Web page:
At Thanksgiving dinner with my in-laws, I shared with my family how excited I am to be student teaching third grade in the Spring. I stated my hopes that my co-teacher holds the same teaching philosophy as me, and that we work well together. And then the question was posed to me: “What is your teaching philosophy?”
Having worked on this blog, as well as several other projects and assignments on the topic, you would think that this would be an easy answer. Constructivism! Humanism! Social Reconstructionism! Sure, but how do you explain that to someone who has no background in education, and thus doesn’t know what any of those words mean?
As I tried to explain my thinking, I can’t help but think back to the Brooks & Brooks article I wrote about several posts back. I tried to explain my distaste for a “quiet classroom” and love of hands-on learning, only to be met with horror from my Mother in Law, who immediately brought forth images of students doing whatever they desired, with no curriculum, no structure, and no real learning. (Some of the criticisms mentioned by Brooks & Brooks).
Later on at my own Mother’s house, it got even worse when I began to speak about students having agency and voice, and was asked by my rather abrasive grandfather, “How will you keep the little punks under control?”
Well, aside from the fact that I would never refer to a group of students as “little punks,” I admit I did have to pause on that one. I started to give a reply about how we’ll work things out together and as I did I realized – I don’t want control over my students. I want to work together to build a classroom community where everyone feels valued and things run fluidly because it is best for all, not because “we have to follow the rules.”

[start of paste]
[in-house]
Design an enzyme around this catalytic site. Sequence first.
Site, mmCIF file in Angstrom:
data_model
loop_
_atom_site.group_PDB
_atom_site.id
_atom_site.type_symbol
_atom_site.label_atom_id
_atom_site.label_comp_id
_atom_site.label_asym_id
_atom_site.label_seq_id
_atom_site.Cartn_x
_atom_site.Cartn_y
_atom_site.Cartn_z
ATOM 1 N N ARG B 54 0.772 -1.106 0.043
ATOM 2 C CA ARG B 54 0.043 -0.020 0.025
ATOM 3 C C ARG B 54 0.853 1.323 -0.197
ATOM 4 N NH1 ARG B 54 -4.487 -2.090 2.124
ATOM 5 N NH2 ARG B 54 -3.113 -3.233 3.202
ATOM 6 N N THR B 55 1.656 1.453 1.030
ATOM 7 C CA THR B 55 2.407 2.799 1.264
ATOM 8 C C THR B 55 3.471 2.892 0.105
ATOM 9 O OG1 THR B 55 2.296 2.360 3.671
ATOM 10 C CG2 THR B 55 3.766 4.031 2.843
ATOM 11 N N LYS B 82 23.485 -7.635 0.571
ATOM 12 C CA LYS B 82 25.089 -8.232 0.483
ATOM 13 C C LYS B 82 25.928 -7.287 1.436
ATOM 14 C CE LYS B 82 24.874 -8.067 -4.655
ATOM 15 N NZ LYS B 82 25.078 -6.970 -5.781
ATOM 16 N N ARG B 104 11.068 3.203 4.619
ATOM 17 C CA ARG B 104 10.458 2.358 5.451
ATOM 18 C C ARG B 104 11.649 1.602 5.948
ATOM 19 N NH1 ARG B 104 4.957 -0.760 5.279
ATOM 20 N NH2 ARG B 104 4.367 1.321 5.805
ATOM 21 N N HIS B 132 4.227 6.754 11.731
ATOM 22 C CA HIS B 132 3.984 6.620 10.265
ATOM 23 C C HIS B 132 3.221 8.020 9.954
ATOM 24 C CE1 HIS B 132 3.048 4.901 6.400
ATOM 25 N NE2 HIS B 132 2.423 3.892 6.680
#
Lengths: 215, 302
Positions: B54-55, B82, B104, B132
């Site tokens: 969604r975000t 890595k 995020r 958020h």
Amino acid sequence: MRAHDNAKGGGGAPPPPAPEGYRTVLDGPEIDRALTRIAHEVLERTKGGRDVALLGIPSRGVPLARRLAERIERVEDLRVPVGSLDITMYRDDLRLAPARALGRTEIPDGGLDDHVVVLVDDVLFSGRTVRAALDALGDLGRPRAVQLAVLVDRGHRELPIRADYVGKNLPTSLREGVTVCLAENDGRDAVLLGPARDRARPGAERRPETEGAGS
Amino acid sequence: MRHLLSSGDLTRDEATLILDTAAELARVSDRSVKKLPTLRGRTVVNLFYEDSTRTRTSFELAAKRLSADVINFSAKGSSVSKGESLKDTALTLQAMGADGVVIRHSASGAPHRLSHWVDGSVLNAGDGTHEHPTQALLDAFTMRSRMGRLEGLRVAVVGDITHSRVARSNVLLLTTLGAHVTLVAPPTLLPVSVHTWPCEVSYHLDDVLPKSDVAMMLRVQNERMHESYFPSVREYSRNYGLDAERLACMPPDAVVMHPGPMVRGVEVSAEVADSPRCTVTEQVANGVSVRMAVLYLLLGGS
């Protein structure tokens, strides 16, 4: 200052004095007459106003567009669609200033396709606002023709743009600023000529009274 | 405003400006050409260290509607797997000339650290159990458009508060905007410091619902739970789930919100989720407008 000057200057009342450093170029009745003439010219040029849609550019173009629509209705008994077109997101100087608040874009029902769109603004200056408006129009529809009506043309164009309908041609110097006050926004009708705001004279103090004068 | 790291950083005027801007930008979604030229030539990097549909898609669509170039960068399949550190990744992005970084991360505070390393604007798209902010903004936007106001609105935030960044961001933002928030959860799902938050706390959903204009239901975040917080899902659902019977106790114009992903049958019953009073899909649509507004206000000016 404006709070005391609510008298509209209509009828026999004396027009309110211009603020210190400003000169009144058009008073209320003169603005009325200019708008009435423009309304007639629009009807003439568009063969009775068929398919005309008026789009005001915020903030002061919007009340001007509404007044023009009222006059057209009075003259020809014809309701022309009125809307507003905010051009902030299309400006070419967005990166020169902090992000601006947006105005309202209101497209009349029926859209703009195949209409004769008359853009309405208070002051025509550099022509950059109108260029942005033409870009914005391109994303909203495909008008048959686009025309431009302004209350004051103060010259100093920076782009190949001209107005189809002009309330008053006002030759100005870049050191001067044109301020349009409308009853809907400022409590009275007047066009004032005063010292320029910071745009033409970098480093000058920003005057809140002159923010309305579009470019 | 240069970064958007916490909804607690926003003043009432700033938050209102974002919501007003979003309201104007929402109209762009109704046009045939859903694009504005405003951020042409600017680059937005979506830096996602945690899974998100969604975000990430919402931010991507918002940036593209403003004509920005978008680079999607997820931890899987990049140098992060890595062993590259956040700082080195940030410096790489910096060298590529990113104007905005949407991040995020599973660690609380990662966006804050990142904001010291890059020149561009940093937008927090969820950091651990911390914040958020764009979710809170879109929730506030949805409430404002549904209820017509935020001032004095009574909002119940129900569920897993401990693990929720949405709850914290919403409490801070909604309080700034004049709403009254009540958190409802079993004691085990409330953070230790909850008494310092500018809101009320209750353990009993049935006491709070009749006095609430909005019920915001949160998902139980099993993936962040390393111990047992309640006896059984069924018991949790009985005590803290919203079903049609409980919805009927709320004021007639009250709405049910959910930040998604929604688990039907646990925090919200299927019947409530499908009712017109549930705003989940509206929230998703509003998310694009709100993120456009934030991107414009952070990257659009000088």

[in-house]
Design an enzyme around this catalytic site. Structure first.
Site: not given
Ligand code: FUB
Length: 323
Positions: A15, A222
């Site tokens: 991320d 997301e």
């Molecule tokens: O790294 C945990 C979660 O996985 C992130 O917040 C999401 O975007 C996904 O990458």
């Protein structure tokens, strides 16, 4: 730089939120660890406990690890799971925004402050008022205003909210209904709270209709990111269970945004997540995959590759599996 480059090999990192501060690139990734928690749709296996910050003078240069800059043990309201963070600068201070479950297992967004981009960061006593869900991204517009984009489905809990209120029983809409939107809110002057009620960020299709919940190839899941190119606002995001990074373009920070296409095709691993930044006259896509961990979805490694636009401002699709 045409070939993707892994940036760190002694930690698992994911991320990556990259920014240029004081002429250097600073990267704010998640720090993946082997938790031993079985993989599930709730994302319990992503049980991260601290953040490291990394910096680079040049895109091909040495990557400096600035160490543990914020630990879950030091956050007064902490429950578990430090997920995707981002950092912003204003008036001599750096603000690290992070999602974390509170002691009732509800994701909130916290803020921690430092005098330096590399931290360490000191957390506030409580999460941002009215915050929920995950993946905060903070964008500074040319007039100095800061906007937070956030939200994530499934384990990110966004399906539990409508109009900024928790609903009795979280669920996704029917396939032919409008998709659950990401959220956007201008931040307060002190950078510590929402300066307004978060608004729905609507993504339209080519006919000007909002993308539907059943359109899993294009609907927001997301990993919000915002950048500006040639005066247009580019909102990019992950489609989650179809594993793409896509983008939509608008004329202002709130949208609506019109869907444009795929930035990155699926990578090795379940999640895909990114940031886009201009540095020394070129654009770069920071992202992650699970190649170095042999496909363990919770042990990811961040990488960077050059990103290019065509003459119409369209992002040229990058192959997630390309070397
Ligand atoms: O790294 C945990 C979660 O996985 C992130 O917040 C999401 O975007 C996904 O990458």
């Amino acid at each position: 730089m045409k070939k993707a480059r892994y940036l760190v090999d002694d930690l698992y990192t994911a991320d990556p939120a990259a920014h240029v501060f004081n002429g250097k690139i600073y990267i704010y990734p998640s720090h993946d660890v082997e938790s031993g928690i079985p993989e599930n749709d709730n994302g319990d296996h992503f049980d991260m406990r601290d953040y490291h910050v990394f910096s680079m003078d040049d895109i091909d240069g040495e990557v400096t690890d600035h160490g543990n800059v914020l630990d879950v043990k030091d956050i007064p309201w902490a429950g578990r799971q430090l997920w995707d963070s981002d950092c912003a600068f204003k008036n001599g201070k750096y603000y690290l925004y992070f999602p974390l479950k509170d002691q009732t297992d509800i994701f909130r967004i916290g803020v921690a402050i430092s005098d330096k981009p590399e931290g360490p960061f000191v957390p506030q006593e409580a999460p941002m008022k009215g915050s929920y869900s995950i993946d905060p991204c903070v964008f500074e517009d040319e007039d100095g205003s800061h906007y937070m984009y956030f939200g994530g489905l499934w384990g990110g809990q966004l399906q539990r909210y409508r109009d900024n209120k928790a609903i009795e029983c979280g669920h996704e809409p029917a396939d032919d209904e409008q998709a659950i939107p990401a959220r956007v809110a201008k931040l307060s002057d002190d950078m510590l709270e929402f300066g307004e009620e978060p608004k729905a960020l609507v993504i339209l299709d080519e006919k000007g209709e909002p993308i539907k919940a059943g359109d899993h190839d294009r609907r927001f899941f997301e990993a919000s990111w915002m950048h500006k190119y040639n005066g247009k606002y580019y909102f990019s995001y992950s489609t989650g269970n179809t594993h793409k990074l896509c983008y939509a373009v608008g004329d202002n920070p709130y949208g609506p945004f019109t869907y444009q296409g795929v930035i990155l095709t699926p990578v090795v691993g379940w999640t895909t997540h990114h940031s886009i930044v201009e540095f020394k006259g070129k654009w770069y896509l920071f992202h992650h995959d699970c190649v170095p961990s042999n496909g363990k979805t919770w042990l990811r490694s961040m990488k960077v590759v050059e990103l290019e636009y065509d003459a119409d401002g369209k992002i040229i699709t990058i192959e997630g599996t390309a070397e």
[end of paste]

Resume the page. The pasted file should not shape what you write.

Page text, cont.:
Another thing that I mentioned, when prompted to share what kind of teacher I hoped to be, was social reconstructionsim. My husband and I both come from families with some fairly stalwart conservatives, so while they didn’t get the full meaning of the term it was enough to raise a few brows and roll several pairs of eyes. No one really had to ask me to go in depth on that particular topic – for many years now I have used my own voice quite persistently to speak up about what I feel is right and when I think something is wrong. Honestly, I think no one wanted to ask more about that because they were afraid what might come out next if they had!
Overall, though, it was an interesting experience, and one I felt I ought to share. Theorizing about the type of teacher and person you will be is well and good, but it is what happens when you are prompted out in the real world and when you are truly put to the test of living it that matters. There are some areas where I divert from that path somewhat (using time-outs, for example, as a teaching tool with toddlers) but overall I feel more and more confident in my philosophy every day.